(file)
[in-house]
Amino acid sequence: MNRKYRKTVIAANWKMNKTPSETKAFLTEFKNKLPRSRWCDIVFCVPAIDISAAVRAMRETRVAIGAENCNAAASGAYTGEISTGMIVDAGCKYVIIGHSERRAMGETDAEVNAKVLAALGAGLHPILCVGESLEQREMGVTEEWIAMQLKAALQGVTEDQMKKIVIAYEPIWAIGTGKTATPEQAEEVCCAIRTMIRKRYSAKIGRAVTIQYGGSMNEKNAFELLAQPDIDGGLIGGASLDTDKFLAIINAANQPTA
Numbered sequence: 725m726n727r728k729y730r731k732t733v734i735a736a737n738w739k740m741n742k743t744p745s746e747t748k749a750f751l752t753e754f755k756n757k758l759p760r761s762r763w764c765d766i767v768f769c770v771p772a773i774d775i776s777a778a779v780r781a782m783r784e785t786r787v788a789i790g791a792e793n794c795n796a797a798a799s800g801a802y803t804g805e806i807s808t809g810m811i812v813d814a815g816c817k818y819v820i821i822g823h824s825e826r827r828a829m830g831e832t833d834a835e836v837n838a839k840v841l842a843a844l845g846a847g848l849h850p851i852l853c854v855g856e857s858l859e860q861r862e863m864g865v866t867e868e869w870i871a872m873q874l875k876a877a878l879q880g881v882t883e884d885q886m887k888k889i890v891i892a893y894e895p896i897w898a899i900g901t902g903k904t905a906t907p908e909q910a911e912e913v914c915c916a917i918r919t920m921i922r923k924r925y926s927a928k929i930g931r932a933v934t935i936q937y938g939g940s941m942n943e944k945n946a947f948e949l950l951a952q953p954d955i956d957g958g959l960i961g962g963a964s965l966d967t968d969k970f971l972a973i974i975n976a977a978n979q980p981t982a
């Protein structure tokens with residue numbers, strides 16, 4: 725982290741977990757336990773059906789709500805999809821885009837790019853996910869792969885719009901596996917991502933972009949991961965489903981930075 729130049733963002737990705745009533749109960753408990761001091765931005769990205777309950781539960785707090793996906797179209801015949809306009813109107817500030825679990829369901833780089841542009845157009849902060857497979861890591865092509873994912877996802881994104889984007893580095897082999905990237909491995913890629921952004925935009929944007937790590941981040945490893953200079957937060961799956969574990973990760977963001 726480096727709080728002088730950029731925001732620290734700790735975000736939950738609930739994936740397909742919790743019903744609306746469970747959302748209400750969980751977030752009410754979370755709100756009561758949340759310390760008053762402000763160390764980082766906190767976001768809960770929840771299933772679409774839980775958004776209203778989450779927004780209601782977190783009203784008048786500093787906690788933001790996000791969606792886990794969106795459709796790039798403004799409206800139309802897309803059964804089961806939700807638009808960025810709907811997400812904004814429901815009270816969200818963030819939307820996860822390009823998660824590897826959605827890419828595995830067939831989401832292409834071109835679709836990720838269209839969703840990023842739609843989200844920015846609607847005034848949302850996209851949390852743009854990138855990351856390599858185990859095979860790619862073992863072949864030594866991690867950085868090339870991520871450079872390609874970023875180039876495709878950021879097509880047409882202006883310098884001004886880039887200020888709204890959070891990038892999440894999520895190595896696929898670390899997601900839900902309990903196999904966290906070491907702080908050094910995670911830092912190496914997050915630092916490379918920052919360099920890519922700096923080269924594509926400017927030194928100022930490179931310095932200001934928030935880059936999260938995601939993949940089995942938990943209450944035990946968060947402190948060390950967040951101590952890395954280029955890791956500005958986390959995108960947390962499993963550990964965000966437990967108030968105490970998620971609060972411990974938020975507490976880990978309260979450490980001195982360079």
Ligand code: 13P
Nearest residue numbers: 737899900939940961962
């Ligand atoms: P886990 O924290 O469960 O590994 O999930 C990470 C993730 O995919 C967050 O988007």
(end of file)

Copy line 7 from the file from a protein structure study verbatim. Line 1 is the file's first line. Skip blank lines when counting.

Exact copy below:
């Ligand atoms: P886990 O924290 O469960 O590994 O999930 C990470 C993730 O995919 C967050 O988007």